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Need hand holding as I sit with my dad who is dying

(256 Posts)
kansasmum Sat 01-Jun-13 02:17:22

My Dad is end stages of liver cancer. I'm sat with him tonight as the normal
Nurse cover was in an availabl

TheSecondComing Sat 01-Jun-13 10:02:34

Message withdrawn at poster's request.

Fairydogmother Sat 01-Jun-13 10:03:20

Lots of support and thoughts for you and your dad from me. What you're doing for him is amazing and you should be so proud of yourself.


Homebird8 Sat 01-Jun-13 11:27:53

A hand to hold from me Kansasmum. I remember singing Victoria Wood's 'Can't do it tonight' with my mum the night before she died. The humour helps to take the edge off. Hope your dad is comfortable.

EATmum Sat 01-Jun-13 12:38:11

Sending you hugs and loads of respect. What you are doing for your dad, and for the rest of your family, is really amazing.

Portofino Sat 01-Jun-13 12:43:48

Oh your poor dad, and poor you sad sending hugs and love xx

kansasmum Sat 01-Jun-13 13:10:50

Home bird- that made me smile! I love that song by Victoria Wood! The bit about ' melting the buttons on my flameproof nightie! Always make me laugh!
Went home and got washed and dressed and then went back with some ice lollies for dad and mum was in a panic cos Dad had been incontinent so sorted him out and cleaned him up.
Back home now and have made my niece's birthday cake- will ice it later.
Would like a sleep but dh is having his haircut so I will have ds!!

MrsSJG Sat 01-Jun-13 15:12:37

Will hold your hand today, I am in the same situation but it is my uncle dying of bone cancer, am unable to be with him but all my family have been to visit him today and my mum has just sent me a message saying he has asked for jelly and ice cream sad when I was working at the care home, we always had ice cream and jelly as they always asked for it before they passed away sad I will hold your hand tight today

EarthMotherImNot Sat 01-Jun-13 18:49:00

Signing in for evening hand holding. My dads last words were "what time is it", I never came to terms with that being what the sum of his very short life (47 years old) added up to sad

Mum was more out of it as she had morphine so she never really spoke over her last few days, I knew she was struggling because her fingernails went very blue the last day or so which meant her circulation was slowing down I think.

Wishing you all a very peaceful night kansas x

kansasmum Sat 01-Jun-13 18:51:20

Sorry about your Uncle- thinking of you Mrs.
Went and saw Dad couple of times today. Mum INSISTED On Getting him out of bed to sit in the sun lounge- apparently he was desperate. So dh and I and my best friends parents who were visiting, managed it. He lasted 30 mins but I had to dose him with morphine aftetwards so have told mum we are NOT doing it again. It's far too much for him.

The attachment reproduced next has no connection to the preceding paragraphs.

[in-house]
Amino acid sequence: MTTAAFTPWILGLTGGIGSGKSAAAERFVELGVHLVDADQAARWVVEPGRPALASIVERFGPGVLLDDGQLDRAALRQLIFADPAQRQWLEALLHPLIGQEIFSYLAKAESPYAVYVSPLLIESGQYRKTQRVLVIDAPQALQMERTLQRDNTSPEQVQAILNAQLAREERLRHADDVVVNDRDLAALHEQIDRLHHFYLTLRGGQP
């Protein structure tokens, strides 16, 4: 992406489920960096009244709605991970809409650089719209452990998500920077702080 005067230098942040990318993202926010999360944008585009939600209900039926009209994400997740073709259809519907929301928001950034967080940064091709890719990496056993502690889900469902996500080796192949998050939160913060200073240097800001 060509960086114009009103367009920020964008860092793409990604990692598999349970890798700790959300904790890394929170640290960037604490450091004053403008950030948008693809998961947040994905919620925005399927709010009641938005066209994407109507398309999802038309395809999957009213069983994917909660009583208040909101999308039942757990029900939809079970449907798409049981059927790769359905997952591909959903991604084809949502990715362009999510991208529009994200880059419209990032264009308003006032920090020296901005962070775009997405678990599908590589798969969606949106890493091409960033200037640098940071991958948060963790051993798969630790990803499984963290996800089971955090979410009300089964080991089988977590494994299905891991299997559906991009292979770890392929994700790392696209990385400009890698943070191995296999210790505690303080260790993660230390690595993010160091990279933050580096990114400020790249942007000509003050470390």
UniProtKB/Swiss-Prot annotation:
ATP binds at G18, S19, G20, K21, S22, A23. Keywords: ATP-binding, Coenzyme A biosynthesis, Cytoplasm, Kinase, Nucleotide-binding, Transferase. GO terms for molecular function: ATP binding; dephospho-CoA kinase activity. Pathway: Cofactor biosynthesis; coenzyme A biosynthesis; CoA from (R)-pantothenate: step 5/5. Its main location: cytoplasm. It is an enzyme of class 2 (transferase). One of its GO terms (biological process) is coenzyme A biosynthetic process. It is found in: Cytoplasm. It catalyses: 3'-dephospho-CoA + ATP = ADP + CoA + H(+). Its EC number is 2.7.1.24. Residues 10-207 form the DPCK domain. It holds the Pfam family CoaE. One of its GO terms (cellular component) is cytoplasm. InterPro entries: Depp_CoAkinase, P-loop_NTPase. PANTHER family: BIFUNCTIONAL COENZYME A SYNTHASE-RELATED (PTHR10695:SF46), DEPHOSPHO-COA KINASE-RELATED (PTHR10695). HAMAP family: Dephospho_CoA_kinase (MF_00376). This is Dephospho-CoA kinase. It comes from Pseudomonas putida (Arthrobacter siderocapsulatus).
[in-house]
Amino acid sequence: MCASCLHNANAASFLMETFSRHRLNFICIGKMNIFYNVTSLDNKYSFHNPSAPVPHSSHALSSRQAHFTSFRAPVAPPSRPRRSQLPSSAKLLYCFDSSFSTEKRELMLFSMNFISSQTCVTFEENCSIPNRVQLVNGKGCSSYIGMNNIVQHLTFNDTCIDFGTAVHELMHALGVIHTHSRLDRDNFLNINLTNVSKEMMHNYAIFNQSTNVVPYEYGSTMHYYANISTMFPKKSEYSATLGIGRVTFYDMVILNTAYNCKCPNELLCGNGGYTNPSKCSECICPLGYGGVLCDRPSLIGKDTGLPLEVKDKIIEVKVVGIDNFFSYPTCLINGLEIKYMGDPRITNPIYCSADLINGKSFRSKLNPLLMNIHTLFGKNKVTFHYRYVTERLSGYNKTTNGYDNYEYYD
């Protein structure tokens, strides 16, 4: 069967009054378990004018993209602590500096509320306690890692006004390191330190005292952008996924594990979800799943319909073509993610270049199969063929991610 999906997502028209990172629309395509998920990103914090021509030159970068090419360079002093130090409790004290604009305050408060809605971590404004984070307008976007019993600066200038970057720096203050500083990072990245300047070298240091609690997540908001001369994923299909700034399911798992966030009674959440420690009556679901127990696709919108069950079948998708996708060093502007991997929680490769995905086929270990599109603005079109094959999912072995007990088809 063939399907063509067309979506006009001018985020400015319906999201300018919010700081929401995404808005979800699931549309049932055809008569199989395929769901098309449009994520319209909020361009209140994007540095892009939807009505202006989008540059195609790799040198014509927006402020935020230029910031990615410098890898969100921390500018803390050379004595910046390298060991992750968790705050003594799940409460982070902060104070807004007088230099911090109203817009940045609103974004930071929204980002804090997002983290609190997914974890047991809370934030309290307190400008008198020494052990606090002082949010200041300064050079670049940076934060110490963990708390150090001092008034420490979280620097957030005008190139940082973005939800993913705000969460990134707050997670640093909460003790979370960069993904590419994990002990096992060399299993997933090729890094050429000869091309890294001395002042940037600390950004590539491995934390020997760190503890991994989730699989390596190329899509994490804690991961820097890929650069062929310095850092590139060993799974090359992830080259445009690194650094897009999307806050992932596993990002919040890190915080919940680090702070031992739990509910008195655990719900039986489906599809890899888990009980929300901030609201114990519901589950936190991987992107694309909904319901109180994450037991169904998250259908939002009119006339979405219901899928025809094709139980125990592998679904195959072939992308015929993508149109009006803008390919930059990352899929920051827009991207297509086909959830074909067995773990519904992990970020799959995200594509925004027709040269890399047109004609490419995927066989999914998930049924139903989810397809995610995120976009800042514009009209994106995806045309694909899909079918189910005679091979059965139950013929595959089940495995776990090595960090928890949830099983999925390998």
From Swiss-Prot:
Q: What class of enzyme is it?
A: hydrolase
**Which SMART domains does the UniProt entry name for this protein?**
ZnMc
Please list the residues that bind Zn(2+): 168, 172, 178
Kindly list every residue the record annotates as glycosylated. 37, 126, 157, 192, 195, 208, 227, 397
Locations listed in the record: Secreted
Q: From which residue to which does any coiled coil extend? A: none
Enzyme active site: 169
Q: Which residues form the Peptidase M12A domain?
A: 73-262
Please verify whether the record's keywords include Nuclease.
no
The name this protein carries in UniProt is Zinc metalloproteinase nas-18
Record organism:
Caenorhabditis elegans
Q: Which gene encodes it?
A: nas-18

I am going to try and persuade my
Mum that we need to get the hospice at home team out tomorrow and think, sadly it's time to consider the syringe driver. hmm His pain had increased today and he has almost lost his swallow reflex- nearly chokes on the slightest sipsad.
Early night for me tonight and back there tomorrow.

MrsSJG Sat 01-Jun-13 19:53:35

It's the worst feeling ever Kansas, knowing that there is so very little we can do but make sure they are pain free and just sit and wait. I wish you a peaceful night and hugs and more hand holding

Homebird8 Sat 01-Jun-13 20:48:19

The emotional support of the hospice team might help your mum and you as much as it does your dad. Having the driver actually helped my mum in the final times as she no longer felt the responsibility for choosing when she needed the drugs. The quantity was ramped up over time as she needed it and we all accepted it was the right thing to do.

Isn't it odd how life continues almost without noticing what is going on at it's centre? Birthday cakes and haircuts at a time when your mind is utterly elsewhere. Well done, but don't take on too much. Thinking of you flowers

kansasmum Sat 01-Jun-13 21:13:34

I'm not staying tonight. I desperately need some sleep- haven't slept properly for a month and its catching me upsad
Mum is VERY anti- hospice nurses- probably cos she has to admit that Dad is dying if they are there. But we need them so I'll have to be 'bad cop' yet again.

My mum has been VERY difficult and very horrible to me and my sister over the last few weeks. She told me it wasn't nearly as bad for me losing my dad as it was for her losing a husband. That really hurt. She hasnt asked how me or my sister are at all and offers no comfort for us at all. But this is nothing new.

My dd who is 19 is finding all this VERY hard. She adores her grandpa.
Is it terrible to wish this to end soon?

Homebird8 Sat 01-Jun-13 21:31:49

It's not terrible at all Kansasmum. It's natural to wish for all the pain and discomfort to be over and you're not under any impression that it can be recovered from unlike your poor mum.